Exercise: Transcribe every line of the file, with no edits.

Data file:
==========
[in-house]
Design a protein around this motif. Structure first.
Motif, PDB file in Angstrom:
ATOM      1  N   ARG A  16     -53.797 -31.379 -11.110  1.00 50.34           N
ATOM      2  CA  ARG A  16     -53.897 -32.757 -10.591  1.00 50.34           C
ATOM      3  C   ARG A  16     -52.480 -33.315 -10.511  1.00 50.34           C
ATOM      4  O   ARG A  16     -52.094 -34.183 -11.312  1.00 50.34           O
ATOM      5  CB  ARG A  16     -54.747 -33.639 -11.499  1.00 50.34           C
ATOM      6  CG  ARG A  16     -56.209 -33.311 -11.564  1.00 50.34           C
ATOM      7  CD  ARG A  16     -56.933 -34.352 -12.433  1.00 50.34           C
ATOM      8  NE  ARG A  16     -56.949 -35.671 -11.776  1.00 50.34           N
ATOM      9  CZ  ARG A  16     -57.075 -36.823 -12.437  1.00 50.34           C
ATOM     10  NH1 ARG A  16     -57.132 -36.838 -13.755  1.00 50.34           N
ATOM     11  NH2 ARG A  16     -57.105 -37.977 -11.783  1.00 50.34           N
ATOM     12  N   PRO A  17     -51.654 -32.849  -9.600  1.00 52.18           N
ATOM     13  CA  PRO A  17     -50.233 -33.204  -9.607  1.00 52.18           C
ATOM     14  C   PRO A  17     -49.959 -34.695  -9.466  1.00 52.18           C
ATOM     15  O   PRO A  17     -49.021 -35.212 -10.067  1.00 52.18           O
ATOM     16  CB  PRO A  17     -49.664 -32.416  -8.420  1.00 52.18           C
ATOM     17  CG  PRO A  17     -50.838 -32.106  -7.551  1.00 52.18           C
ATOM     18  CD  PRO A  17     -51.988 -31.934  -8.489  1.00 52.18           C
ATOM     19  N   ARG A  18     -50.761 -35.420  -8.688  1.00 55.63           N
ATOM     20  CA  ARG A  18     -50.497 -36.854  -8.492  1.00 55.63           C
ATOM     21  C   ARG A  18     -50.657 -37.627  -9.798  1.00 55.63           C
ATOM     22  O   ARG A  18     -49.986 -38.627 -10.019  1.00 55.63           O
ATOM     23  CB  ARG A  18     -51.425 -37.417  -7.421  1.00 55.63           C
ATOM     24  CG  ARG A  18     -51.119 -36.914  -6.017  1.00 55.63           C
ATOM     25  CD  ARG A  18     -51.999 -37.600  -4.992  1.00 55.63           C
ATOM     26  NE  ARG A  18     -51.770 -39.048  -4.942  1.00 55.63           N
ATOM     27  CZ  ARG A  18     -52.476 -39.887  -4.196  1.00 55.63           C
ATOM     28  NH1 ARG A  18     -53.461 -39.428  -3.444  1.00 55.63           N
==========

[in-house]
Design a protein around this motif. Structure first.
Motif, PDB file in Angstrom:
ATOM      1  N   ARG A  16     -53.797 -31.379 -11.110  1.00 50.34           N
ATOM      2  CA  ARG A  16     -53.897 -32.757 -10.591  1.00 50.34           C
ATOM      3  C   ARG A  16     -52.480 -33.315 -10.511  1.00 50.34           C
ATOM      4  O   ARG A  16     -52.094 -34.183 -11.312  1.00 50.34           O
ATOM      5  CB  ARG A  16     -54.747 -33.639 -11.499  1.00 50.34           C
ATOM      6  CG  ARG A  16     -56.209 -33.311 -11.564  1.00 50.34           C
ATOM      7  CD  ARG A  16     -56.933 -34.352 -12.433  1.00 50.34           C
ATOM      8  NE  ARG A  16     -56.949 -35.671 -11.776  1.00 50.34           N
ATOM      9  CZ  ARG A  16     -57.075 -36.823 -12.437  1.00 50.34           C
ATOM     10  NH1 ARG A  16     -57.132 -36.838 -13.755  1.00 50.34           N
ATOM     11  NH2 ARG A  16     -57.105 -37.977 -11.783  1.00 50.34           N
ATOM     12  N   PRO A  17     -51.654 -32.849  -9.600  1.00 52.18           N
ATOM     13  CA  PRO A  17     -50.233 -33.204  -9.607  1.00 52.18           C
ATOM     14  C   PRO A  17     -49.959 -34.695  -9.466  1.00 52.18           C
ATOM     15  O   PRO A  17     -49.021 -35.212 -10.067  1.00 52.18           O
ATOM     16  CB  PRO A  17     -49.664 -32.416  -8.420  1.00 52.18           C
ATOM     17  CG  PRO A  17     -50.838 -32.106  -7.551  1.00 52.18           C
ATOM     18  CD  PRO A  17     -51.988 -31.934  -8.489  1.00 52.18           C
ATOM     19  N   ARG A  18     -50.761 -35.420  -8.688  1.00 55.63           N
ATOM     20  CA  ARG A  18     -50.497 -36.854  -8.492  1.00 55.63           C
ATOM     21  C   ARG A  18     -50.657 -37.627  -9.798  1.00 55.63           C
ATOM     22  O   ARG A  18     -49.986 -38.627 -10.019  1.00 55.63           O
ATOM     23  CB  ARG A  18     -51.425 -37.417  -7.421  1.00 55.63           C
ATOM     24  CG  ARG A  18     -51.119 -36.914  -6.017  1.00 55.63           C
ATOM     25  CD  ARG A  18     -51.999 -37.600  -4.992  1.00 55.63           C
ATOM     26  NE  ARG A  18     -51.770 -39.048  -4.942  1.00 55.63           N
ATOM     27  CZ  ARG A  18     -52.476 -39.887  -4.196  1.00 55.63           C
ATOM     28  NH1 ARG A  18     -53.461 -39.428  -3.444  1.00 55.63           N